Hilton Anaheim Hotel Workers Win Raises, Pensions and Panic Buttons

Protesting the Hilton. Photo by Gabriel San Roman

Hilton Anaheim hotel workers banged on drums, chanted “Sí, se puede!” during picket protests and even shut down a busy resort-area intersection by the convention center in the fight for living wages. Ready to strike, the campaign returned to the negotiating table with momentum where Unite Here Local 11, the union that represents the workers, and the hotel reached a tentative agreement last week that boosts pay five dollars over five years, provides pensions and equips housekeepers with panic buttons against sexual harassment.

Hotel workers overwhelmingly approved the new contract with a 98 percent vote on Monday, averting a strike authorized in December. “This contract is the best contract that we’ve had in the past 33 years I’ve worked at the Hilton,” Javier Espinosa, a cook at the Hilton Anaheim, tells the Weekly in Spanish. “We’ve never gained such big raises. It’s something historic.”

Hilton Anaheim became the 20th hotel to settle in Unite Here Local 11’s coordinated campaigns in Los Angeles and Orange County that demanded $25 an hour for workers. The new labor agreement follows a similar one approved for 200 workers at the Sheraton Park Hotel at the Anaheim Resort on Jan. 30 that won $21.81 hourly wages for housekeepers by contract’s end while providing panic buttons and pension increases.

“Our strategy of uniting with the Sheraton and with the 20 hotels in Los Angeles is what gave us the additional power,” says Austin Lynch, Unite Here Local 11’s organizing director. “The strike votes were critical. The civil disobedience action showed them that we had community support and then the Sheraton caving showed them it was only a matter of time.”

The bigger hotel between the two, the Hilton Anaheim contract covers 850 workers. Housekeepers started out making $16.01 an hour and will see pay raise five dollars over the course of the five-year contract to $21.01 by Jan. 1, 2023. The same wage scale applies to all non-tipped hotel workers, no matter the starting salary. Asked for a response on the settlement, a Hilton spokesperson offered the following, “We are pleased to have reached agreement with Unite Here Local 11 on a new contract for our valued team members at Hilton Anaheim.”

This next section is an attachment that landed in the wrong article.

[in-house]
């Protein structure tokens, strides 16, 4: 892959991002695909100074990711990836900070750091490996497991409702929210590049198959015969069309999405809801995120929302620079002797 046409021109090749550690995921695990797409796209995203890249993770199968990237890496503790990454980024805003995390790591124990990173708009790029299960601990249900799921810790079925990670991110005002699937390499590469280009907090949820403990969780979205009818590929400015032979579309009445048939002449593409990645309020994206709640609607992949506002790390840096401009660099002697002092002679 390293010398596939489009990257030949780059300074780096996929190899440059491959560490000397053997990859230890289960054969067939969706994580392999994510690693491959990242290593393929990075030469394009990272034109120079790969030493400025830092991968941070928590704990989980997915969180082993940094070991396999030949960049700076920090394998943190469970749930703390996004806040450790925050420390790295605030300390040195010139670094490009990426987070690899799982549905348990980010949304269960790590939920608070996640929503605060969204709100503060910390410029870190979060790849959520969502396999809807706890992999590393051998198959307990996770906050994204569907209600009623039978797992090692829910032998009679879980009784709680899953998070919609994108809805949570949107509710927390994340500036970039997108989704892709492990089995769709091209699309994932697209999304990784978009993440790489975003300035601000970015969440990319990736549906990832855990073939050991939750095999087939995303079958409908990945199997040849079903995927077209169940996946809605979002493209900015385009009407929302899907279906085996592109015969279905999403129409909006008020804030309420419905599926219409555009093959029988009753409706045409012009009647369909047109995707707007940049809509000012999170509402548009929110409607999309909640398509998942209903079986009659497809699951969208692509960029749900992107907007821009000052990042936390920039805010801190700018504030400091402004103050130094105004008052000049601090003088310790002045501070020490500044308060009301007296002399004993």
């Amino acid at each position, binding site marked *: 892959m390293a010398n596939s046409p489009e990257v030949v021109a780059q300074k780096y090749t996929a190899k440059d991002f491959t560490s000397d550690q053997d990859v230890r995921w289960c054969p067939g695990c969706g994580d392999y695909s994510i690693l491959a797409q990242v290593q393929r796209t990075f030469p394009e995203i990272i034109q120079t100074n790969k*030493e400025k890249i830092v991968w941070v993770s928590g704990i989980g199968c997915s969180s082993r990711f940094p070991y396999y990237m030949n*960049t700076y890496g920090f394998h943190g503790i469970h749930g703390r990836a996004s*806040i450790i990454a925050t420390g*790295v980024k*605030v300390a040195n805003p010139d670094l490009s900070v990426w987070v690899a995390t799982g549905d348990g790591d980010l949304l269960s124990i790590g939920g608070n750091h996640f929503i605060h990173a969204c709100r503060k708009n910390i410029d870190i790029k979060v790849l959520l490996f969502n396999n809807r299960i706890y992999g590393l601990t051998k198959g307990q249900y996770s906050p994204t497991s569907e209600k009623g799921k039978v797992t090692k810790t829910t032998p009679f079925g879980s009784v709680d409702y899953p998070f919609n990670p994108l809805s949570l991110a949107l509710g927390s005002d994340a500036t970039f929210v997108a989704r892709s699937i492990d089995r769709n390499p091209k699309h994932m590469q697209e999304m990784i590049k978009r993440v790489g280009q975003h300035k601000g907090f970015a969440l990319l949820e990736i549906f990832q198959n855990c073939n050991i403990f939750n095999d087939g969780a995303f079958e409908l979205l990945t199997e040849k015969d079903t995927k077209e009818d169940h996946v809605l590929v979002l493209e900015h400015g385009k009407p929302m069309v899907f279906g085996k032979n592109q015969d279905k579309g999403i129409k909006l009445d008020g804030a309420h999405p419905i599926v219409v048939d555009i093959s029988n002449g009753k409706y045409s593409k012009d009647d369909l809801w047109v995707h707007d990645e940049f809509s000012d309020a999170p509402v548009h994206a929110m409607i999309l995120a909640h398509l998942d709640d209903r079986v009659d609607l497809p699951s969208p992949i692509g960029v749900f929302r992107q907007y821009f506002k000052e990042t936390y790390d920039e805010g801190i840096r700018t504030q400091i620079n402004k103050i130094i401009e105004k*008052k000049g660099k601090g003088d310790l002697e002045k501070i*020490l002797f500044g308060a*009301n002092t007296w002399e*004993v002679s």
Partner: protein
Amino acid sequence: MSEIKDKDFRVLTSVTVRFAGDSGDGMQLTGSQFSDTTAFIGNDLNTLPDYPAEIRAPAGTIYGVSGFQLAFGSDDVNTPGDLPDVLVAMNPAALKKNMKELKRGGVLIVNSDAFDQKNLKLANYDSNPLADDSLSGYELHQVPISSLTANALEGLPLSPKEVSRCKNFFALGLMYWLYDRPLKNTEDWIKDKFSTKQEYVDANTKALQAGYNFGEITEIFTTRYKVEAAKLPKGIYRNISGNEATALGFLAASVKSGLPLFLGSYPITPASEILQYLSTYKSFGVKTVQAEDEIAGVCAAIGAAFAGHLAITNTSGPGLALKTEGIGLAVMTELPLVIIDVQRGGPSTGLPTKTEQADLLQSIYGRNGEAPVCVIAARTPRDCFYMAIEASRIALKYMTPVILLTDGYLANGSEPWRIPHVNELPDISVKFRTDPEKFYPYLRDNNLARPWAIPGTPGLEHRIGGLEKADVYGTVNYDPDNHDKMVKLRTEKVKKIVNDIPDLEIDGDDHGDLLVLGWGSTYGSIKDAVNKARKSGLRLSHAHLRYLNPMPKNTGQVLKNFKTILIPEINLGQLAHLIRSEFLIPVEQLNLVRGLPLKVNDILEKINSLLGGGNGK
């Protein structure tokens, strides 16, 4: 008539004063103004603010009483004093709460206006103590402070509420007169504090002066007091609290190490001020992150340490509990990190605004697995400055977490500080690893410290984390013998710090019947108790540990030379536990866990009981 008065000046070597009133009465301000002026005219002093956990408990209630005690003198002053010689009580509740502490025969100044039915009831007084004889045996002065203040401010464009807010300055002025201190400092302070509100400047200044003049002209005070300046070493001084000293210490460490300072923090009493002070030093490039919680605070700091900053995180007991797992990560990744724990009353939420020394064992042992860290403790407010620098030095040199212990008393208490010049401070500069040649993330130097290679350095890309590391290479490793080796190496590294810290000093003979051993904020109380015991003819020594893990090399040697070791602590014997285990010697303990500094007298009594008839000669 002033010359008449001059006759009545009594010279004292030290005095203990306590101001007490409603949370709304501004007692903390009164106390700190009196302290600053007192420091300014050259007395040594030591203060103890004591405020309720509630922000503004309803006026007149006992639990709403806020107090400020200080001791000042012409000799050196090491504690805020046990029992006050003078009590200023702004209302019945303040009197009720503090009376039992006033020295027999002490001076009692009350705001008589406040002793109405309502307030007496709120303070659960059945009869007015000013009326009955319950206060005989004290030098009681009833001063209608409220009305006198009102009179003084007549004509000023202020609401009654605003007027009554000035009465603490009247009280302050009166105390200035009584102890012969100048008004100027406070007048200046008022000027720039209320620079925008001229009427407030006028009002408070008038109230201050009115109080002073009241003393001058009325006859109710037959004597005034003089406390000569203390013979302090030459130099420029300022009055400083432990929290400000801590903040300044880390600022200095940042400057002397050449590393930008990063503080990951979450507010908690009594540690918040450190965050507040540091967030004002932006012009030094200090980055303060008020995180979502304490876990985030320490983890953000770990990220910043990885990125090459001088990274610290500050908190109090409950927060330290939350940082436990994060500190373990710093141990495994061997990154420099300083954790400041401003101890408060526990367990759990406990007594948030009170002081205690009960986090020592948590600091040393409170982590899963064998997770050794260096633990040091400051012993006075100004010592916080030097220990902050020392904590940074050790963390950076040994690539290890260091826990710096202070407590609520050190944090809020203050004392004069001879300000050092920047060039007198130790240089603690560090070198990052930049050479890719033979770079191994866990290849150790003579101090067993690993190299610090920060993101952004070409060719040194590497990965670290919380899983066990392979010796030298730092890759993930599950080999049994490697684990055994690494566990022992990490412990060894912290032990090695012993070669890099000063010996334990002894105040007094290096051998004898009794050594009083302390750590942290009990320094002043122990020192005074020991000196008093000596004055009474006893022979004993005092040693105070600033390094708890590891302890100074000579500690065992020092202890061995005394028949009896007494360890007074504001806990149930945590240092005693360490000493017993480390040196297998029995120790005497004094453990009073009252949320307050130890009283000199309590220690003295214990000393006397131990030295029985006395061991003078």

In the #MeToo era, panic buttons have become an important demand for women hotel worker safety. “In the housekeeping department, it’s very important,” Minerva Lopez, a Hilton Anaheim housekeeper, says in Spanish. “Nothing has happened to me, thank God, but I’ve heard from other women workers at hotels who’ve experienced sexual harassment. If someone is feeling unsafe, they can use that button to quickly bring help.”

Along with panic buttons and pay raises, the union gained more key concessions from the company, especially in the form of a defined benefit pension plan. They also beat back efforts by the Hilton Anaheim to open a non-union restaurant in the lobby to essentially complete with the union staffed Mix Restaurant and Lounge. The hotel chain won’t be able to introduce programs that allow guests to go without room cleaning for several days to the detriment of housekeepers, either.

“All of this is based on workers being united and fighting for their rights,” says Espinosa. “That’s what we did to win a good contract.”

The latest victory at the Hilton Anaheim caps off a series of wins for Unite Here Local 11 in the resort-area. In September, the union gained raises for housekeepers at a trio of Disney-owned hotels that took effect in late January. And then came the Sheraton Park setting a new standard for wages in the local hospitality industry.

But the fight is far from over, hotel workers say.

“The cost of living here in Anaheim is very expensive,” Lopez, a resident, adds. “Our goal was $25 an hour in five years. That’s why I say our goals don’t end here. We still have to fight.”

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